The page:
For one or more embodiments, if a lighting parameter is changed affecting one or more objects, a determination may be made as to whether other objects may be indirectly affected by the lighting change by way of reflected and/or refracted light. Such a determination may be based, at least is part, upon lists comprising dependency information such as those described above. If such indirect effects are determined to exist, the affected object information for indirectly affected objects may be re-computed as part of a re-render process. In this manner, for this example, if a lighting change is made that affects object 1840, object information associated with object 1830 may be recalculated. For one or more embodiments, a user may have the option to enable or disable the re-computation of indirectly affected object information.

Although the embodiments for recognizing lighting dependencies described herein discuss storing information on an object-by-object basis, the scope of the claimed subject matter is not limited in this respect. For example, embodiments for recognizing lighting dependencies among objects of a scene may be implemented in re-lighting engines that utilize buffers which may be pixel-indexed. Such buffers may for one or more pixels store information regarding which objects are associated with a particular pixel. An embodiment of a pixel-indexed buffer in accordance with claimed subject matter may maintain one or more lists describing lighting dependencies among objects of a scene.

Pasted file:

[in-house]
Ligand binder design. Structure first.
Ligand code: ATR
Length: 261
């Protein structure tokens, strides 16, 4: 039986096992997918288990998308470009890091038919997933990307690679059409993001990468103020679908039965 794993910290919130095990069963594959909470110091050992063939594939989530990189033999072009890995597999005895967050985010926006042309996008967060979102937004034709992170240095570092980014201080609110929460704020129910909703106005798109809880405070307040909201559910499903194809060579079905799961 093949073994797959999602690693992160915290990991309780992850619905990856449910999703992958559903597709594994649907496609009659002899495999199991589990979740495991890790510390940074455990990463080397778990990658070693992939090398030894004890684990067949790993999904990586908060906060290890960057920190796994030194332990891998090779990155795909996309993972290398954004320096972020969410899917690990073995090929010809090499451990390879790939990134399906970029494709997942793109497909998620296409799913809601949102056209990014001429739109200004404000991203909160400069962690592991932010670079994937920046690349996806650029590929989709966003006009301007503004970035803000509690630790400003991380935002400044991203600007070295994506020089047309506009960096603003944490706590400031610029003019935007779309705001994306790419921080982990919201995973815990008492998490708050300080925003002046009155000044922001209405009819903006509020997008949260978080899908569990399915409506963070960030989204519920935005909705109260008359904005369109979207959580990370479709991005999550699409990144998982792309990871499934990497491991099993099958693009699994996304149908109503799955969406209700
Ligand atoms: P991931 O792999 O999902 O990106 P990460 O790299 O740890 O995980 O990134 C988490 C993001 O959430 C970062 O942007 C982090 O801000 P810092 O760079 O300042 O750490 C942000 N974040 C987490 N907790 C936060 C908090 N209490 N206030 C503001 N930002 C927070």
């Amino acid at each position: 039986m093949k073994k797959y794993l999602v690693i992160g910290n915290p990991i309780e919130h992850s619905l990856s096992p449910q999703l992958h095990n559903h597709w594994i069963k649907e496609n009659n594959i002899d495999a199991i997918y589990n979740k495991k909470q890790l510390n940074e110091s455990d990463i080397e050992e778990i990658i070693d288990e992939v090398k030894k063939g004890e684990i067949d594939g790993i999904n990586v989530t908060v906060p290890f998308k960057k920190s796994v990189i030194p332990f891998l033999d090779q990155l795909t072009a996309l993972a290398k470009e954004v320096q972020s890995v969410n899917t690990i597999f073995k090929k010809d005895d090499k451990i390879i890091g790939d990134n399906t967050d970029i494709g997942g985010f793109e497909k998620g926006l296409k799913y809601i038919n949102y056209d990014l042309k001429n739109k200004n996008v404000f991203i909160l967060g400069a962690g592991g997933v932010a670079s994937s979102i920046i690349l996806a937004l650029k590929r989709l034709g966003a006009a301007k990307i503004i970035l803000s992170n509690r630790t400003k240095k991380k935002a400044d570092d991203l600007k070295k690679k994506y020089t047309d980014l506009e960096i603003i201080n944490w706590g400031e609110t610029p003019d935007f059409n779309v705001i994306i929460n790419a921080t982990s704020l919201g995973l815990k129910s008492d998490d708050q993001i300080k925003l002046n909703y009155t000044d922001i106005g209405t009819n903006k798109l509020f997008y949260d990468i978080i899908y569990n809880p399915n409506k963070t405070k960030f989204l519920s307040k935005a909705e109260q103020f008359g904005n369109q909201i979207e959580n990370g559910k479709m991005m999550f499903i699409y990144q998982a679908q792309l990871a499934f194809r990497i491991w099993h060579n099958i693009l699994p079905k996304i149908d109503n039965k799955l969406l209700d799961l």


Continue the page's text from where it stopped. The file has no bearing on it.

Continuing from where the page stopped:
FIG. 19 is a flow chart of an example embodiment of a method for determining lighting dependencies among objects. At block 1910, a lighting parameter may be modified. At block 1920, a determination may be made as to which of a plurality of objects may be directly affected by the modification of the lighting parameter. For an embodiment, an object may be said to be directly affected by a modification to a lighting parameter if the object is visible to the light source being modified. At block 1930, a determination may be made as to which of the plurality of objects are indirectly affected by the modification of the lighting parameter. For an embodiment, an object may be said to be indirectly affected by a modification to a lighting parameter if that object receives reflected and/or refracted light from an object that is directly affected by the modification of the lighting parameter. However, these descriptions of “directly affected” and “indirectly affected” are merely examples, and the scope of the claimed subject matter is not limited in these respects. At block 1940, object information associated with the directly and indirectly affected objects may be recalculated. An embodiment in accordance with claimed subject matter may include all, more than all or less than all of blocks 1910-1940. Furthermore, the order of blocks 1910-1940 is merely one example order, and the scope of the claimed subject matter is not limited in this respect.